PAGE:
What Your Office Says About How You Run Your Company
You might not think it, but what your office looks like say a heck of a lot about how you run your company to both your customers and staff.
Your company culture is a big deal. The way your people interact with one another and the expectations they have can have a significant impact on your long-term success. Happy companies retain employees for longer and complete projects faster than those who are sick and broken.
The office has become something of a reflection of company culture. There are exceptions to these general rules, but you’d be surprised just how much they hold across the vast majority of workplaces.
Glass-Walled Executive Offices: You Don’t Trust Your Employees
When office tower blocks first began springing up in New York and Chicago, company managers began designing offices with glass-walled executive offices according to qz.com. The idea was to create a private space for those high up in the organization while at the same time allowing them to supervise their staff.
The feature became ubiquitous and now you can hardly find an office in the land which doesn’t incorporate some version of this feature. The problem with this approach is what it communicates on an unconscious level – the employer doesn’t trust the employees.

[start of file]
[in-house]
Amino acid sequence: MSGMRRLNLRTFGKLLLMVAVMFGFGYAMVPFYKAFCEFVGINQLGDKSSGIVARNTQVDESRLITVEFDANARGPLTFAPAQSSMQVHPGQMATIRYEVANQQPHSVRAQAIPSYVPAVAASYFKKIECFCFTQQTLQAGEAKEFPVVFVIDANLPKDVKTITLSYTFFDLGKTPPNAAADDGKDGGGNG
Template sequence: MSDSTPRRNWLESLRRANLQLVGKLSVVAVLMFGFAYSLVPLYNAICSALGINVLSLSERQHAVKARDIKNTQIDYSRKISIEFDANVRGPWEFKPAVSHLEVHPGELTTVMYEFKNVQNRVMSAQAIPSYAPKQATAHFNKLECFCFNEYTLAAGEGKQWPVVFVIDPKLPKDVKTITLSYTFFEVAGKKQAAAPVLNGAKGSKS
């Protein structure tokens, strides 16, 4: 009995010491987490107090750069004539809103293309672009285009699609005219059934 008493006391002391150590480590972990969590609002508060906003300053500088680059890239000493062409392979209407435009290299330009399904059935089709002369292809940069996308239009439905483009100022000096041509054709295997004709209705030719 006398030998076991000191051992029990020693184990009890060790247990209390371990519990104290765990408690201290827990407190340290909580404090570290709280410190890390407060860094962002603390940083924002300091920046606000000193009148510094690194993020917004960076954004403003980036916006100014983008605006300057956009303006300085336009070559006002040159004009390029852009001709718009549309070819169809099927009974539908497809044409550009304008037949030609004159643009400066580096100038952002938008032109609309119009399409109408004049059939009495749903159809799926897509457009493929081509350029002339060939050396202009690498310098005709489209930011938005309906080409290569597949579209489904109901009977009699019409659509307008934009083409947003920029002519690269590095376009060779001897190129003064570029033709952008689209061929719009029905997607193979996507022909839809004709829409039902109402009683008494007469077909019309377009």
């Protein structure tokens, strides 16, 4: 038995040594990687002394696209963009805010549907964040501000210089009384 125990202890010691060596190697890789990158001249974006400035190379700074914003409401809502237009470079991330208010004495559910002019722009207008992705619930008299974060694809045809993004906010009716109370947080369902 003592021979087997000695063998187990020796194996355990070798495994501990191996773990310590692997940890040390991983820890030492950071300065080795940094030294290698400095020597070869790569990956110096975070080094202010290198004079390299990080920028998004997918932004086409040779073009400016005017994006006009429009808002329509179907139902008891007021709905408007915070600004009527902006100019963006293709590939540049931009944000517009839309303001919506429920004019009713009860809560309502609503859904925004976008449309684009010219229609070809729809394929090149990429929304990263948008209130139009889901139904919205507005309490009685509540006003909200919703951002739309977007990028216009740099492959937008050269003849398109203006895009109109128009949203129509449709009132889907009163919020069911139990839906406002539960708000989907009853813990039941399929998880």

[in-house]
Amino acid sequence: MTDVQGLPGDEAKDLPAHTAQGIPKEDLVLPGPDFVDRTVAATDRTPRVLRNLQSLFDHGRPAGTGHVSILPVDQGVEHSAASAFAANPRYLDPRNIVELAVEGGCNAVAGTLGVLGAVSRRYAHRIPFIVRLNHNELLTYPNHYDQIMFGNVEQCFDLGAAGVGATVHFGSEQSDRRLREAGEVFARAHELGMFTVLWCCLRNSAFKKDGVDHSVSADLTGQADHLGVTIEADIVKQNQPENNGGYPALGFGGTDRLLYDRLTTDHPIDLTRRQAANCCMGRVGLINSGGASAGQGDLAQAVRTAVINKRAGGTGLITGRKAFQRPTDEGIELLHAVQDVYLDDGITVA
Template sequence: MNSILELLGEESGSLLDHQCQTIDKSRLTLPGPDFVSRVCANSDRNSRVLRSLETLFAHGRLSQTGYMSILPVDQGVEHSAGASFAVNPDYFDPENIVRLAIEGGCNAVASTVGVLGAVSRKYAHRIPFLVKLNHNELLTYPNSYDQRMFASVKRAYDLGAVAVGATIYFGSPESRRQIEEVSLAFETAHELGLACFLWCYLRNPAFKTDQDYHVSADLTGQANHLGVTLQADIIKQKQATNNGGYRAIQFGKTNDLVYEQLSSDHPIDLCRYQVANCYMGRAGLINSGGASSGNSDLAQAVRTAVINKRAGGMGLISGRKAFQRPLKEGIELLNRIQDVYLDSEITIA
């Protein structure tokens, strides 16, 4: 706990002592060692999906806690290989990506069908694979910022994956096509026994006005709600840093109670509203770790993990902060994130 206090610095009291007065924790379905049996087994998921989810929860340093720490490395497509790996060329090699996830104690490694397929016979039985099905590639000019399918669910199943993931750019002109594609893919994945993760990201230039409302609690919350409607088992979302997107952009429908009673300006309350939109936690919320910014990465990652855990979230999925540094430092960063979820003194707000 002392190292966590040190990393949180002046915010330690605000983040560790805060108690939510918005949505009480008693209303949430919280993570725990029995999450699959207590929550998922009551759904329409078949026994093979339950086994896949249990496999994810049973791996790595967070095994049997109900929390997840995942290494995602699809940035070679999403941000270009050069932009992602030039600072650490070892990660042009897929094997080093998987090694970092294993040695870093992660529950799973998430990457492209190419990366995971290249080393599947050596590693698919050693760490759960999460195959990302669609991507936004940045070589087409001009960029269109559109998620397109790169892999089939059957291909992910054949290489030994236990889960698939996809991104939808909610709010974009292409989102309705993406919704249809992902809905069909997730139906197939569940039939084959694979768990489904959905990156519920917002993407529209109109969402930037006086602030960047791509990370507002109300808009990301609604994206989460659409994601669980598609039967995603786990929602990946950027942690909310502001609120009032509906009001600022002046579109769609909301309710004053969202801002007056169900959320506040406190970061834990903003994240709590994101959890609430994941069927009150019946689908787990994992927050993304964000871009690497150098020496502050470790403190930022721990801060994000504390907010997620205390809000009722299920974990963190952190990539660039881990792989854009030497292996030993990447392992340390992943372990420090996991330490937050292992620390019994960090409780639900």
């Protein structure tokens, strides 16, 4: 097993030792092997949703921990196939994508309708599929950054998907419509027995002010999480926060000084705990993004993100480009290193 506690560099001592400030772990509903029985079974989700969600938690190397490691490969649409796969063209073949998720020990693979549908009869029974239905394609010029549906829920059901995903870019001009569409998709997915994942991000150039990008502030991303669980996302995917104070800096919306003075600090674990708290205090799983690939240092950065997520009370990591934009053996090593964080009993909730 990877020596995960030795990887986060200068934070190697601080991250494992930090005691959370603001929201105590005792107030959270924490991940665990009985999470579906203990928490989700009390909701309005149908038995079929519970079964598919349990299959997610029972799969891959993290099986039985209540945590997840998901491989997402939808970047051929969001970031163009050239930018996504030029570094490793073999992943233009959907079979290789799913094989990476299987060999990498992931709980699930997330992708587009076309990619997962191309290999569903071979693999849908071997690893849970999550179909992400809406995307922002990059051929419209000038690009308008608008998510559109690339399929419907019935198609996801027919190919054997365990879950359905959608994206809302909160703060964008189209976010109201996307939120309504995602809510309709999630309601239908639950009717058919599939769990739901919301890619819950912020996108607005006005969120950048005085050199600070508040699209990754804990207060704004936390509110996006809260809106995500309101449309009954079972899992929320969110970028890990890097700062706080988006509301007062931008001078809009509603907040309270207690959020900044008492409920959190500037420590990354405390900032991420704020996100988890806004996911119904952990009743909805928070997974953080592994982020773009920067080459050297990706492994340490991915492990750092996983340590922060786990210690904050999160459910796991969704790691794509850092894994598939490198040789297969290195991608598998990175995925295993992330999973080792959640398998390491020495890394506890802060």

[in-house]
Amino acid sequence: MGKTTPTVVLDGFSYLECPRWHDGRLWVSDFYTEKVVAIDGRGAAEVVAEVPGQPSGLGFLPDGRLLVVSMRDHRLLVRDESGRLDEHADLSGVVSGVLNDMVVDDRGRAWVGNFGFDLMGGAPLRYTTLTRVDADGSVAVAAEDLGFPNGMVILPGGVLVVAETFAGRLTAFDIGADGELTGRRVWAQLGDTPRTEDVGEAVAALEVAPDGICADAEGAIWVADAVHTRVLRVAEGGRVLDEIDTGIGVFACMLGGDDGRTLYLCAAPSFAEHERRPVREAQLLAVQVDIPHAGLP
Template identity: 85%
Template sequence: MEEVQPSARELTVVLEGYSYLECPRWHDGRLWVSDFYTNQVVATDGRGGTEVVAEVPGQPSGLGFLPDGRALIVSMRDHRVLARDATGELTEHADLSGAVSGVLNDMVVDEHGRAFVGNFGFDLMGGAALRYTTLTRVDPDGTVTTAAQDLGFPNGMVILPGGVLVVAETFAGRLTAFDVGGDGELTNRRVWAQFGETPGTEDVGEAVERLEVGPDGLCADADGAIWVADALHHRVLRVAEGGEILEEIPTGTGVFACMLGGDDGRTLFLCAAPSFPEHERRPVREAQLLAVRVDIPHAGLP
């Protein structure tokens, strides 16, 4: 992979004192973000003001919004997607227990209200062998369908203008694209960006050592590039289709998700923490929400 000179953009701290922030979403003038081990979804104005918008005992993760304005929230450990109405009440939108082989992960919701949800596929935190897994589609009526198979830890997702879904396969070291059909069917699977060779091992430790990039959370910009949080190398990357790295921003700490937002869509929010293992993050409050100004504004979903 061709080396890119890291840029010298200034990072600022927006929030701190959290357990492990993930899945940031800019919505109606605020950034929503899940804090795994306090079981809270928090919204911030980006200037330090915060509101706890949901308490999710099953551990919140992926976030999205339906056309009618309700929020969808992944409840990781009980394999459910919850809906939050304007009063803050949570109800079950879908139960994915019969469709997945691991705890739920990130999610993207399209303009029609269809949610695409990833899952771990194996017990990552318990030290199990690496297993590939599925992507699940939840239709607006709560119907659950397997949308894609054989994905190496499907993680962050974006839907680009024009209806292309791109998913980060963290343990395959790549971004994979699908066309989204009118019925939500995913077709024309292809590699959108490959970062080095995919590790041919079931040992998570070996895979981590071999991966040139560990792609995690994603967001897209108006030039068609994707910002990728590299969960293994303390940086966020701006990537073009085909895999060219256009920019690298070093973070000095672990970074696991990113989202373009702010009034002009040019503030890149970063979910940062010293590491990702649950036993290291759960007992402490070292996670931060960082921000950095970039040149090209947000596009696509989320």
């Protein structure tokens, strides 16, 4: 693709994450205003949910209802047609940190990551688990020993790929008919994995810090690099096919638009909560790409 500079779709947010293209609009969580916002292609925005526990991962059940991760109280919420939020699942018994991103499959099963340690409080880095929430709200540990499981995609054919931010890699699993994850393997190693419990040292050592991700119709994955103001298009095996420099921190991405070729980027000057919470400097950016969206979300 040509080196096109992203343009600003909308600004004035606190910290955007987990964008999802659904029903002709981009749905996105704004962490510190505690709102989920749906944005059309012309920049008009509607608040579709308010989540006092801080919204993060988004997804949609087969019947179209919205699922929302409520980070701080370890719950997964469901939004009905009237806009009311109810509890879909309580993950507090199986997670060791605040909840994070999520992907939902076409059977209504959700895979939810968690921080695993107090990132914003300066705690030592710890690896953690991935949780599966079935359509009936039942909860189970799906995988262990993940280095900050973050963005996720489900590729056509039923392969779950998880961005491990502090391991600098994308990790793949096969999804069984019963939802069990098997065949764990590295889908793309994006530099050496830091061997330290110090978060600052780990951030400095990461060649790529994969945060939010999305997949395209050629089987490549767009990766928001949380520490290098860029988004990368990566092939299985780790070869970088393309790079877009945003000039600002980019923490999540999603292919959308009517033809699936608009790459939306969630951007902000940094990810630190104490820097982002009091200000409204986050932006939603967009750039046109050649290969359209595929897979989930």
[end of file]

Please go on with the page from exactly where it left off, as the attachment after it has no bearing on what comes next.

What’s strange about this whole setup is that the company selected and interviewed all the people who work for it. It should have a good idea of who it can trust and who it can’t if its processes are any good. Otherwise, it might as well admit it cannot judge people’s quality in the first place. It shouldn’t play at being able to conduct effective interviews if the truth is that it has no insight whatsoever.
Cubicles: Your Workers Are Drones
If you hop on a website like https://www.powerhousegroup.com.au/our-work/ you’ll see examples of what offices can be when they’re at their best. What you won’t find are rows upon rows of cubicles where workers work in pseudo solitary confinement until their lunch break.
Cubicles might be a popular office trope, but they’re a disaster when it comes to worker morale. People don’t want to be walled off from those around them. It interrupts communication and feels like they’re in prison.
Some offices attempt to get around this by lowering the height of the cubicle, putting partitions between rows of desks, but again, this concept is dated and makes workers feel replaceable.
Fine, if your staff can be substituted for another without much notice, then go with cubicles. Otherwise, opt for a more rational office setup.
Private Offices For The Execs: You’re Elitist
There’s nothing wrong in principle with being elitist. You want the best dentist to whip out that wisdom tooth that’s been causing you problems for the last six months.
There are, however, times when your elitism can screw you over. Office workers, you won’t be surprised to find out, don’t like the fact that certain people in their organization get special treatment. Make conditions the same for everyone, and you’ll have much happier people.
Image credit: Flickr.com